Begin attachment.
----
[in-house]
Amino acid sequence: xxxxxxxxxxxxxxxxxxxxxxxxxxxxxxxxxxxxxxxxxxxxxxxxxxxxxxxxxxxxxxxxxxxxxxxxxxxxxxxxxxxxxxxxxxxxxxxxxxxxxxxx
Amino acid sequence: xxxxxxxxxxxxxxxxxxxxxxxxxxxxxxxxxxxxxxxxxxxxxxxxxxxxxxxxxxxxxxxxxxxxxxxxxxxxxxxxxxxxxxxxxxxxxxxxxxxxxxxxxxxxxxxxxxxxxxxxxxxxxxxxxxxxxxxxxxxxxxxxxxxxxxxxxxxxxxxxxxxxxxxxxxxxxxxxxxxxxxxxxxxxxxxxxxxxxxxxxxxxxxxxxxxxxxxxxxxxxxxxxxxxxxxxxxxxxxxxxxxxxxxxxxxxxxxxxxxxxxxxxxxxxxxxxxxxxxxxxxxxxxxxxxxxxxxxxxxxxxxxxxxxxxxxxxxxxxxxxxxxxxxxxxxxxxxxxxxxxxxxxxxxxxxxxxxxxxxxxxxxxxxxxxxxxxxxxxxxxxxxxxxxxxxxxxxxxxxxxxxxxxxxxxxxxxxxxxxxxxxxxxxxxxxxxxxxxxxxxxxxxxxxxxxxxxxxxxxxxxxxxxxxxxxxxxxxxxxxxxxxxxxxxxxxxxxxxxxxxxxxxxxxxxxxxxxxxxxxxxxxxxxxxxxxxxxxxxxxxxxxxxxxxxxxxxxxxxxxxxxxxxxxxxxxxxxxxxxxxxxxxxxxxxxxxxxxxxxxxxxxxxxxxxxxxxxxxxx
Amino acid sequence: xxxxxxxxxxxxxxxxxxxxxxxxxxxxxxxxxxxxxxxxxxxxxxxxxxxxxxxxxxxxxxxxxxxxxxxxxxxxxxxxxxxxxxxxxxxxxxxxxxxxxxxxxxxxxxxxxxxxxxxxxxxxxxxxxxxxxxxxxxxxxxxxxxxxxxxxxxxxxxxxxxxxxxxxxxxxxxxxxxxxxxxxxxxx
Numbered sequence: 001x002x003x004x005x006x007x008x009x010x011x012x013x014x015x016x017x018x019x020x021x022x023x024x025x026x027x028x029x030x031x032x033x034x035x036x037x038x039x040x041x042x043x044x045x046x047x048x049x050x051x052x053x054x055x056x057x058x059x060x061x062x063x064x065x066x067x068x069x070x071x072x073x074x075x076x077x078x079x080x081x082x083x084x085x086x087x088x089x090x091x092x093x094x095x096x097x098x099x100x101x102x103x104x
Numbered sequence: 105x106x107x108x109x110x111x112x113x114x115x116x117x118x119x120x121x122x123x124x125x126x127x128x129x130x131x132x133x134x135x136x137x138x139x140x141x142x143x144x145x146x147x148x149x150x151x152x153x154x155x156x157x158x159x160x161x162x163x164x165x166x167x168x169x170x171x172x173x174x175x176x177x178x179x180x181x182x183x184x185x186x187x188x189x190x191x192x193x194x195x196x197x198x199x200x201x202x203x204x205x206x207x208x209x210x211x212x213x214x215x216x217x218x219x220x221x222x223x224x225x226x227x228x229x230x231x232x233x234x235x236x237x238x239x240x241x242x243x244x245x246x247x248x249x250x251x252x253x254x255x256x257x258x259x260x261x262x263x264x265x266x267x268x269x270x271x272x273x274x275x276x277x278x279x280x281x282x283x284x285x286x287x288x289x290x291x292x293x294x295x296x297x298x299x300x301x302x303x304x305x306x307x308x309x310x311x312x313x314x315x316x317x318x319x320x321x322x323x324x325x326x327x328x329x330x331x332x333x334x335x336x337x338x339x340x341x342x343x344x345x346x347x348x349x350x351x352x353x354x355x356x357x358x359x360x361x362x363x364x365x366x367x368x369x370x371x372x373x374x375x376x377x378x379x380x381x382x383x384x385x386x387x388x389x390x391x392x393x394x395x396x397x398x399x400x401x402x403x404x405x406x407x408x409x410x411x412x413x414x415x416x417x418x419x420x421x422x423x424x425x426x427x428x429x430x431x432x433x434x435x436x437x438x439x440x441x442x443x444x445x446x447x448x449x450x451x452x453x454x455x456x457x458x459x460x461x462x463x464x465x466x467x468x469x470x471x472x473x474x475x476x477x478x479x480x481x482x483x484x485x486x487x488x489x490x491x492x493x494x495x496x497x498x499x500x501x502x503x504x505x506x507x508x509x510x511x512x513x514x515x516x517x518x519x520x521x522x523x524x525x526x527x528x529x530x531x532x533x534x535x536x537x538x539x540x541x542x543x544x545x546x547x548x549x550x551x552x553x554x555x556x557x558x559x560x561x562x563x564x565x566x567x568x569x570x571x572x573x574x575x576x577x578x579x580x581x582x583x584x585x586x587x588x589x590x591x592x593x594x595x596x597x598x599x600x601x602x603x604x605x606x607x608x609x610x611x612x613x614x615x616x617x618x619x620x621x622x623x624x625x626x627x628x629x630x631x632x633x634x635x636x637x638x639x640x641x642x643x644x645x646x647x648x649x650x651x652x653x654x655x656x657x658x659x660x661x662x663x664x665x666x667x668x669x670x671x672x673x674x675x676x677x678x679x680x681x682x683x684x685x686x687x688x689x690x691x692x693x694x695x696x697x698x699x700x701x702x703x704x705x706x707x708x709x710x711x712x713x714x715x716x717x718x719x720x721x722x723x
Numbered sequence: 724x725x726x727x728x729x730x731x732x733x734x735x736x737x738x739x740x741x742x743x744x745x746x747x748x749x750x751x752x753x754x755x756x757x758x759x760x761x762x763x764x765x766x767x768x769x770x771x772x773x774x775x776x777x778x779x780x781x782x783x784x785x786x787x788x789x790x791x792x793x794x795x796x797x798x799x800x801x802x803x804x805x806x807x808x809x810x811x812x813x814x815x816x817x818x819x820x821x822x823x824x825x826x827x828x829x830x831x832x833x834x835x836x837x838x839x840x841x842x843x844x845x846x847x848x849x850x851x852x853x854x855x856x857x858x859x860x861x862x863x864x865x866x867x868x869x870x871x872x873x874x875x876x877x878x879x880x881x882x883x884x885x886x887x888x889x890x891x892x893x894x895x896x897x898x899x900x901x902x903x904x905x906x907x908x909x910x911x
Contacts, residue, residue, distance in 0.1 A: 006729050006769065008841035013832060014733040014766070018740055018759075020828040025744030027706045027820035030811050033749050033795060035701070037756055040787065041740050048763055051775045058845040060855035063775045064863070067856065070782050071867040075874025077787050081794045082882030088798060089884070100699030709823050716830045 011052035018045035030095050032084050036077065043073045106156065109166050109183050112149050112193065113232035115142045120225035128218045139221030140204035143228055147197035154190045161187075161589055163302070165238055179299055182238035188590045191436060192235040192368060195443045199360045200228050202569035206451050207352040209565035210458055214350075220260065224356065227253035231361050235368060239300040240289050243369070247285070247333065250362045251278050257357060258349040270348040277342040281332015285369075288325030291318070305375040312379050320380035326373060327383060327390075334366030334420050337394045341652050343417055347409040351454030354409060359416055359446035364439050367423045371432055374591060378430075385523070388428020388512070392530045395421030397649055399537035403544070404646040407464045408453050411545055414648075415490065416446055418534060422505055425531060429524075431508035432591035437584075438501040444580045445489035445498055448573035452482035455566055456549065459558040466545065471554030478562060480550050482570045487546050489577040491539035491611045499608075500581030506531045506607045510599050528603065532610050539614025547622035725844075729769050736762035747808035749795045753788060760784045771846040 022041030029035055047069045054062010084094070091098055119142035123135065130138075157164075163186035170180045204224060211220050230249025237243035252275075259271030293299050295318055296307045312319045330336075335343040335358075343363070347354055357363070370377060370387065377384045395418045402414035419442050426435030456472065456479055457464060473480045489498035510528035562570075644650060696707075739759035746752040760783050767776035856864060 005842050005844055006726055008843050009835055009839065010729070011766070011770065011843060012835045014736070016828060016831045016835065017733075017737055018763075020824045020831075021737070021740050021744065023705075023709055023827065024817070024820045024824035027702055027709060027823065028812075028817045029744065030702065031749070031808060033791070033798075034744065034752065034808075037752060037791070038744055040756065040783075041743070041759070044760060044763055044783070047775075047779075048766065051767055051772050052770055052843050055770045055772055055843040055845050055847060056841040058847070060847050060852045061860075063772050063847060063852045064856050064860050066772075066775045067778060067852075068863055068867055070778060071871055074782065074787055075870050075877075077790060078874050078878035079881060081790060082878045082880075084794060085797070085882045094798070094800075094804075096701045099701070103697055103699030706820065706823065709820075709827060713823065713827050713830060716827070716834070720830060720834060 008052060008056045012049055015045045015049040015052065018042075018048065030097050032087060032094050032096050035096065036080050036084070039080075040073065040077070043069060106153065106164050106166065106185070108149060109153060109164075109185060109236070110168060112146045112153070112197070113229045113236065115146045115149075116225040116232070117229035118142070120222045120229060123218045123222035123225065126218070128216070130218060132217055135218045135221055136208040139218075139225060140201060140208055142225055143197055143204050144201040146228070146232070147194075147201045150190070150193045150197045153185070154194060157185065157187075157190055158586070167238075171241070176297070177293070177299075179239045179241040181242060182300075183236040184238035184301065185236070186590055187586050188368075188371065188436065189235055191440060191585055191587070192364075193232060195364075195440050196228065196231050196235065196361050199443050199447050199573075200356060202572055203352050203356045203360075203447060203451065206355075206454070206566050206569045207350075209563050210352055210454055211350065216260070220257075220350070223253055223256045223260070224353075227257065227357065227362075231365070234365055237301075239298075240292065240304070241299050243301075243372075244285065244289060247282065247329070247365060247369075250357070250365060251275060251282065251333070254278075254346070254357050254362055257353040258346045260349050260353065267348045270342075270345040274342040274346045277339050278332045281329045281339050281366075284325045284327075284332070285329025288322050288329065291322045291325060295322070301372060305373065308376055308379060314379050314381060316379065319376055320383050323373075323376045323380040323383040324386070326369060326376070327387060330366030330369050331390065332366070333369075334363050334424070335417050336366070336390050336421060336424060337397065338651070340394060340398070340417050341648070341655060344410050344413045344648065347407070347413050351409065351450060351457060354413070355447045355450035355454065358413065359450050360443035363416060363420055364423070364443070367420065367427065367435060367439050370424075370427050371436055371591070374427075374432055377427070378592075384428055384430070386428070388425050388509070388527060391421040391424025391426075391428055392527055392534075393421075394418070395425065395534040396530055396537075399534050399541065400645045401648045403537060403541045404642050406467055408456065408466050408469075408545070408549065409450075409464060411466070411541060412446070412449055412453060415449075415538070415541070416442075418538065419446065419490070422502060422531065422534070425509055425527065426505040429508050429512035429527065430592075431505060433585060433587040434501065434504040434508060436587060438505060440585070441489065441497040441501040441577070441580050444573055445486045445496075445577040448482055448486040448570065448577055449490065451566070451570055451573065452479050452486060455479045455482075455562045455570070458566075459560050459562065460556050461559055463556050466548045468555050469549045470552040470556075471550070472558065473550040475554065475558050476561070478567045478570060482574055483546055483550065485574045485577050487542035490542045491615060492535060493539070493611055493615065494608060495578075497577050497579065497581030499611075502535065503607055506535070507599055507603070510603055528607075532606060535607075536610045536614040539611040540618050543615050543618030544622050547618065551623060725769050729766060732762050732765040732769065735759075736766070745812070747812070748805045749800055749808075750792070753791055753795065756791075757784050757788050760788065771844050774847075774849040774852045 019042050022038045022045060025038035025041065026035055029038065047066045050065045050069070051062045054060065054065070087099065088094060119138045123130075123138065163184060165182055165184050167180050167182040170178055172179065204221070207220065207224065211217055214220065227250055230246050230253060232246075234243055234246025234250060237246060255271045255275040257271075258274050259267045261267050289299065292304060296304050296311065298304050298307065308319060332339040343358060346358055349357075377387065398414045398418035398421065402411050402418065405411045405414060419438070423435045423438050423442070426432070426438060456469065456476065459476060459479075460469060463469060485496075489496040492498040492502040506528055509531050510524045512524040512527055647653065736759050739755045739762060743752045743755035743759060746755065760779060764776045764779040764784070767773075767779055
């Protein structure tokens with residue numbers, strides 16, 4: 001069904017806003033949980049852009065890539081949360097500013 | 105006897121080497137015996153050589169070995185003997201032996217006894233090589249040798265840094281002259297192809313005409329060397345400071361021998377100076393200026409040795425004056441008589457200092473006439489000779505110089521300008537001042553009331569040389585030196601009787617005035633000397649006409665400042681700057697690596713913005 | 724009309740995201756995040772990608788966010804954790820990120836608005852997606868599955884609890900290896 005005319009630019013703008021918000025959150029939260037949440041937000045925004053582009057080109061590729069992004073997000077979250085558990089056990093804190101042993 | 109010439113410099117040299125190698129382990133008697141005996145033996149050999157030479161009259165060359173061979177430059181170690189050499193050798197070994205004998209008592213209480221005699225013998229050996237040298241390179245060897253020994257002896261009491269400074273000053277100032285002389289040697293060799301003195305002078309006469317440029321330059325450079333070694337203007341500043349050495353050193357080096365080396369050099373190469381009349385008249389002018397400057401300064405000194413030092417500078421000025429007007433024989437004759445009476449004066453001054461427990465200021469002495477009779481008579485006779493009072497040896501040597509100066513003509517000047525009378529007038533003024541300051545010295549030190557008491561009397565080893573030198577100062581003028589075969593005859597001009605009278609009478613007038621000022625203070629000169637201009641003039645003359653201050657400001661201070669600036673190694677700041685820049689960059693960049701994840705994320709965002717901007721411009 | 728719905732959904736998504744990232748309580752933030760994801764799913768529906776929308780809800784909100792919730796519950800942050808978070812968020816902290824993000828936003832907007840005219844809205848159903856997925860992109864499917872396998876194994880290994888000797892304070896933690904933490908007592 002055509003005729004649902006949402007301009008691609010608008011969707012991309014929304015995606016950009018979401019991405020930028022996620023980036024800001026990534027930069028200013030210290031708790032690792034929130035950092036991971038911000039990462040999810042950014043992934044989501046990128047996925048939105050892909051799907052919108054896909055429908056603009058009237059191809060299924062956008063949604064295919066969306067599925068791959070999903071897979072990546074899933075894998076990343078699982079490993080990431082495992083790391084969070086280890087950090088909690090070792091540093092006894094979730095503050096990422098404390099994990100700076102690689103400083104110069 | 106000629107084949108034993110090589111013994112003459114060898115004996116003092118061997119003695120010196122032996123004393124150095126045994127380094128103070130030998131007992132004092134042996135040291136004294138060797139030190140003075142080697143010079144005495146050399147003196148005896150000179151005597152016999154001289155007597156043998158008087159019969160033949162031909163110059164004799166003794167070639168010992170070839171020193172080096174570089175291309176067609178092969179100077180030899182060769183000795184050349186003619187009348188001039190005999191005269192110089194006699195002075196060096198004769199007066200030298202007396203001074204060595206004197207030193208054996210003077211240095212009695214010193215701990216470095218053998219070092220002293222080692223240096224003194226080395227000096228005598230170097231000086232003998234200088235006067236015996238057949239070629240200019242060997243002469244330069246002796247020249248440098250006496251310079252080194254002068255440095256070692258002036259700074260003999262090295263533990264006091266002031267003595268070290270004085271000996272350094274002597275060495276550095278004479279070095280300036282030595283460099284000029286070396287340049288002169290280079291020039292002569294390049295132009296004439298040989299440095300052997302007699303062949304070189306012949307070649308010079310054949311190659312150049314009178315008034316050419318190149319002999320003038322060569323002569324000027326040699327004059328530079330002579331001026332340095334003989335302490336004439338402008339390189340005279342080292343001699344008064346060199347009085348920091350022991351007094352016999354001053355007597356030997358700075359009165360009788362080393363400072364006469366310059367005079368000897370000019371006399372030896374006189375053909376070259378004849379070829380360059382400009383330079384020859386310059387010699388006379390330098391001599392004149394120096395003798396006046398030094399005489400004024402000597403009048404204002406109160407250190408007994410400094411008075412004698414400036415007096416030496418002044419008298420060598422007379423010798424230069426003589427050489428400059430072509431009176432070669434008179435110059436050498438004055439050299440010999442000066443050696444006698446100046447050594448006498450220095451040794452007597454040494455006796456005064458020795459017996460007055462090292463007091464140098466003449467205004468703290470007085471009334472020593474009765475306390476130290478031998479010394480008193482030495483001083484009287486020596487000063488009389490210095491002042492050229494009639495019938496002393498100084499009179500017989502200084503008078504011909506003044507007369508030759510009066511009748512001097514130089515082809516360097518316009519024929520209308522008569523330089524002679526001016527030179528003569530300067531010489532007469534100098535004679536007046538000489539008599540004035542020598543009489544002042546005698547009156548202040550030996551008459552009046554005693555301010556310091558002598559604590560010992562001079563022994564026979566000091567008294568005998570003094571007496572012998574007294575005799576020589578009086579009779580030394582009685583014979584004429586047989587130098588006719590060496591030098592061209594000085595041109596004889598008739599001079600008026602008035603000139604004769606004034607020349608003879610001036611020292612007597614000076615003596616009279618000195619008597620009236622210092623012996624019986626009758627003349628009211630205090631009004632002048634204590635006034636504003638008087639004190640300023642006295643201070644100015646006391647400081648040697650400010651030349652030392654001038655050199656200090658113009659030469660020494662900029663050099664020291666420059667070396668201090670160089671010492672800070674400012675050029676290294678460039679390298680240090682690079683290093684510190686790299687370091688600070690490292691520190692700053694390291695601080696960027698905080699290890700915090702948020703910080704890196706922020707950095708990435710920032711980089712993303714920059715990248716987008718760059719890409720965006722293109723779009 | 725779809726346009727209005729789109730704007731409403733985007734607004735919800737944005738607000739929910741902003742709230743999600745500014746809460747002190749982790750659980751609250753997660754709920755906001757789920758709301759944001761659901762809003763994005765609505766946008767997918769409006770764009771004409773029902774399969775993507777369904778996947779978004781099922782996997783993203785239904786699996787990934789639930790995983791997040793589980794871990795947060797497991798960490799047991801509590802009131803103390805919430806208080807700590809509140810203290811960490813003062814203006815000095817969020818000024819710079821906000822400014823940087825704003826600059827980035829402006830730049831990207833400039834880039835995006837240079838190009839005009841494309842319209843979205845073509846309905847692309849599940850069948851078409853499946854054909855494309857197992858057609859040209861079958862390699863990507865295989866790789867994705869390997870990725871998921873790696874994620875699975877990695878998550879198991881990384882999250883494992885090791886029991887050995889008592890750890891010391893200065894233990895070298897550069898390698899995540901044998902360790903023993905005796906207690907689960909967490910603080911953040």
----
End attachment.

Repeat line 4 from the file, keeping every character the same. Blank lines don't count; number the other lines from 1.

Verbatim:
Amino acid sequence: xxxxxxxxxxxxxxxxxxxxxxxxxxxxxxxxxxxxxxxxxxxxxxxxxxxxxxxxxxxxxxxxxxxxxxxxxxxxxxxxxxxxxxxxxxxxxxxxxxxxxxxxxxxxxxxxxxxxxxxxxxxxxxxxxxxxxxxxxxxxxxxxxxxxxxxxxxxxxxxxxxxxxxxxxxxxxxxxxxxxxxxxxxxx